Summary of the invention Among the several objects of the present invention may be noted the provision of a safety control circuit for an electric truck having a DC. motor operated on current provided by batteries and having semiconductor current switching means for applying unidirectional pulses of current to the motor, which safety control circuit deenergizes the motor quickly when the operator of the truck leaves his seat without damaging the semiconductor control circuitry; the provision of such a control circuit which will provide rapid deenergization of the motor even though control circuitry for the semiconductor currents switching means includes means for storing energy suflicient to maintain energization of the control circuitry for an appreciable interval after the termination of current flow thereto; the provision of such a control circuit suitable for use with transistor current switching means requiring suitable bias voltages; the provision of such a safety circuit including means for preventing energization of the transistor current switching means until such bias voltages are provided; the provision of such a control circuit which is highly reliable and is relatively simple and inexpensive. Other objects and features will be in part apparent and in part pointed out hereinafter.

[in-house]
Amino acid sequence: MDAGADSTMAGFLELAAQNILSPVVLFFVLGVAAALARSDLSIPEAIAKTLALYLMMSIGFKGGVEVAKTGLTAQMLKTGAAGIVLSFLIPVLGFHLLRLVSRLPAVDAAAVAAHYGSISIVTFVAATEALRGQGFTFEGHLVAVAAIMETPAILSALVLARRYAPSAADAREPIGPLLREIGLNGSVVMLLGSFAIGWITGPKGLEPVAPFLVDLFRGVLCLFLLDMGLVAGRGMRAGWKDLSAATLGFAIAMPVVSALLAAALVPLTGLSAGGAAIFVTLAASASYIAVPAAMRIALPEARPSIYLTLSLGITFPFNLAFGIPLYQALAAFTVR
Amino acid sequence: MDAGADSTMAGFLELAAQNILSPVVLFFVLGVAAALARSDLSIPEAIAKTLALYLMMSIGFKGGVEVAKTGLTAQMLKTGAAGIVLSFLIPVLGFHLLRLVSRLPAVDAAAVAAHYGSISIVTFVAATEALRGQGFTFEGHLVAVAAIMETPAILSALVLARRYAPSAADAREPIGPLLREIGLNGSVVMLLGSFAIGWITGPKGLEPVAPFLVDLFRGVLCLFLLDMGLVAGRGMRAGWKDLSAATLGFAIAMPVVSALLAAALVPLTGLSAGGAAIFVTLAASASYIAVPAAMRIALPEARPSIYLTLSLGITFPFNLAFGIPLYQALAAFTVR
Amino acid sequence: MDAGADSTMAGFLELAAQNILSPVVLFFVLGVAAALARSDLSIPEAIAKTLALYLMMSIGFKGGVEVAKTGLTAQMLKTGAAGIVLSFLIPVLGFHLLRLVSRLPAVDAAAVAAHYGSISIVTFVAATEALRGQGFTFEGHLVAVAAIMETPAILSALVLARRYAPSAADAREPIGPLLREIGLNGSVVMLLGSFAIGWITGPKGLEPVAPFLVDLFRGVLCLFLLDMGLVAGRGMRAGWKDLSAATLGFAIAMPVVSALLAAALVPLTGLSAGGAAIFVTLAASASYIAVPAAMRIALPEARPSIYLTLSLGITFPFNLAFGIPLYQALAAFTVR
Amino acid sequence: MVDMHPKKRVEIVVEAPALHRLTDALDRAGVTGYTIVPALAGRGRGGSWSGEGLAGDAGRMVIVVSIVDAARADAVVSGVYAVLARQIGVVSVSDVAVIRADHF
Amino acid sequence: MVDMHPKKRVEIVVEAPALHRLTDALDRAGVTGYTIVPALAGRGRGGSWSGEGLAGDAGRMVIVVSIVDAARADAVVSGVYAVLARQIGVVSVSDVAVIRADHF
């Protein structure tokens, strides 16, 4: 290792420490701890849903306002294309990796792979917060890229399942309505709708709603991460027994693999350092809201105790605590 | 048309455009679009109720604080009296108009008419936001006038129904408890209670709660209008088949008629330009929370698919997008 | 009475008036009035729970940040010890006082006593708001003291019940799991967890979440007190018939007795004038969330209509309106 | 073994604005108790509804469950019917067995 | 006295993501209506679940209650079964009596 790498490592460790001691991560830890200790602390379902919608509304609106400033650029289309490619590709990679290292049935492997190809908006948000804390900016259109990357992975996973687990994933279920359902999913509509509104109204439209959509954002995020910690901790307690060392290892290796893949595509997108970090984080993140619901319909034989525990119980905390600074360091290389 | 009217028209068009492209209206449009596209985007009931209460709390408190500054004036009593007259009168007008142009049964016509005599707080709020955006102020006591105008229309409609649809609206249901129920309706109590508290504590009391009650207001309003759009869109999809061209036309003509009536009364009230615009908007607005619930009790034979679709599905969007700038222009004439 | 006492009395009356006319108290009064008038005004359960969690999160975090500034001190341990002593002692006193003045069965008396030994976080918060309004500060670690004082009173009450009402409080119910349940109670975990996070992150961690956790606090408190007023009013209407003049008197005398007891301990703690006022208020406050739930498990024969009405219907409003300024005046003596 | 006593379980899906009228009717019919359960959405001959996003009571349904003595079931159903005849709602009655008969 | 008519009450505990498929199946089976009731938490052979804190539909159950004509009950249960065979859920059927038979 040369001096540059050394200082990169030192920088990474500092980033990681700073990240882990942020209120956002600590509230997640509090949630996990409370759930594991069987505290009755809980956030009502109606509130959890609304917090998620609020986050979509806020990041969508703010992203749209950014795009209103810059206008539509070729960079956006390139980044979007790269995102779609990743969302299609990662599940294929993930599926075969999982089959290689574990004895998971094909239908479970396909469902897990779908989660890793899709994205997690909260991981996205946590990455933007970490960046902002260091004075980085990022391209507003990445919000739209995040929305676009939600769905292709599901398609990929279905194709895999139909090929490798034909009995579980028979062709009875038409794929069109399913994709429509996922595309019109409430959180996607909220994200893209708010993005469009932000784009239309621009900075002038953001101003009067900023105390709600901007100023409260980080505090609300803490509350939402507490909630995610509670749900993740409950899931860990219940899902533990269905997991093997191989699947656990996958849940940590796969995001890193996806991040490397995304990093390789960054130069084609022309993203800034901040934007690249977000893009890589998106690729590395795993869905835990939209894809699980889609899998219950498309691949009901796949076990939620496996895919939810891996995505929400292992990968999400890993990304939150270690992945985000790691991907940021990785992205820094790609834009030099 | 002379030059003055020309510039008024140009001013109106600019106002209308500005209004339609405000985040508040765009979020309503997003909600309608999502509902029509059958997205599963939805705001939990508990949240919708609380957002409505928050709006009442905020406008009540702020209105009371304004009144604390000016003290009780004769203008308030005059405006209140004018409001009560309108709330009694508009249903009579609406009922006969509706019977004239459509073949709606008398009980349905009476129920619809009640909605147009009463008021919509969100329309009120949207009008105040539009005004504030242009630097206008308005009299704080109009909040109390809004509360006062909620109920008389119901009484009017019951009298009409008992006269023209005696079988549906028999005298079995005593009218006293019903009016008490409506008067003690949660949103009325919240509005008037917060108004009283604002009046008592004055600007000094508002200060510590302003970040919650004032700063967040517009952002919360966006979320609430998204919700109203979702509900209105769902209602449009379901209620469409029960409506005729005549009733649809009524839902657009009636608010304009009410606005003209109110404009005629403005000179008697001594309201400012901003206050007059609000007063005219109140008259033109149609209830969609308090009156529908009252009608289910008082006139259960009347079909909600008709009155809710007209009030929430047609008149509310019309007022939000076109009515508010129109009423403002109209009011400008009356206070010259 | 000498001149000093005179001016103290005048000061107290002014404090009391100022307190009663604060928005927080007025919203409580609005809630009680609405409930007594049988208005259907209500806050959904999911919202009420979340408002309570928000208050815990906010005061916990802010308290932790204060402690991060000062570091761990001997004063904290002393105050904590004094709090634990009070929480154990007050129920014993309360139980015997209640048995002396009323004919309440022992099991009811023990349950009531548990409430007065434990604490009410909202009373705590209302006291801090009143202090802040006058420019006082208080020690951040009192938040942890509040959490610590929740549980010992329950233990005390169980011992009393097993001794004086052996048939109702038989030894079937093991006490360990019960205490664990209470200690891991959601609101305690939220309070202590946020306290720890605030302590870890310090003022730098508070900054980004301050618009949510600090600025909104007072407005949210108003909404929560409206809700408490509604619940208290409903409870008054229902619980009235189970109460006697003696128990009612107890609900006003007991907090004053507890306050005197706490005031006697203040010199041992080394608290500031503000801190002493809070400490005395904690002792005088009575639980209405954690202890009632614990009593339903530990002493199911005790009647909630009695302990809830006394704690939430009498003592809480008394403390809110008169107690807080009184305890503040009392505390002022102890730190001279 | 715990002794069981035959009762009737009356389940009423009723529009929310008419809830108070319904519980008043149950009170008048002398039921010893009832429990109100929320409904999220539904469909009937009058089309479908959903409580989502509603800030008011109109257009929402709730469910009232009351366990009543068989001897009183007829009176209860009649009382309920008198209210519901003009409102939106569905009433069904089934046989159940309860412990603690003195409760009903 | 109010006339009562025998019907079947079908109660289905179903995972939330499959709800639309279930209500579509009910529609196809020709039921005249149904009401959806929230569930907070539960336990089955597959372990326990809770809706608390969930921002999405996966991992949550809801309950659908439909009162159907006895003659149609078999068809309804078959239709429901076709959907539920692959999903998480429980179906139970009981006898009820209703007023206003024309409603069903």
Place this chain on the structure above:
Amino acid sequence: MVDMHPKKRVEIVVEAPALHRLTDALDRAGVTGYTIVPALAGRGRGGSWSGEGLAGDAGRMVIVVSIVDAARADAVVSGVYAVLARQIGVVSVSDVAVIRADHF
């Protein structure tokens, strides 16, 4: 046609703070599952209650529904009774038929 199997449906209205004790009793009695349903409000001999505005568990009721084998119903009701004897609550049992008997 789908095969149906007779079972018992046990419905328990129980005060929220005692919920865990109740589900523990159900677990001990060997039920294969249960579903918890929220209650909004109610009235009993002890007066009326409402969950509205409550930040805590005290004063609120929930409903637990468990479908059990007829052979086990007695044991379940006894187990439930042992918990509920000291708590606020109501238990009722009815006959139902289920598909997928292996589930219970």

A safety control circuit according to this invention is useful in an electric truck having a DC. motor operating on current provided by batteries and having semiconductor current switching means for applying unidirectional pulses of current to the motor. The truck also includes a seat for an operator. The duty cycle of the switching means is adjustable by control circuitry for varying the energizat1on of the motor. The control circuitry includes a filter capacitor capable of storing energy sufiicient to maintain energization of the control circuitry for an appreciable interval after the termination of the flow of current thereto. The safety con-trol circuit includes at least one contactor having contacts in series with said motor and a winding which when energized closes said contacts. A seat-operated switch is provided which includes contacts for cutting off the supply of current to the control circuitry when the operator of said truck is not in his seat and includes also contacts for deenergizing the contactor winding independently of the deenergization of the control circuitry whereby when the seat switch is released the flow of power to the control circuitry is cut off and the motor is deenergized immediately even though the filter capacitor is charged.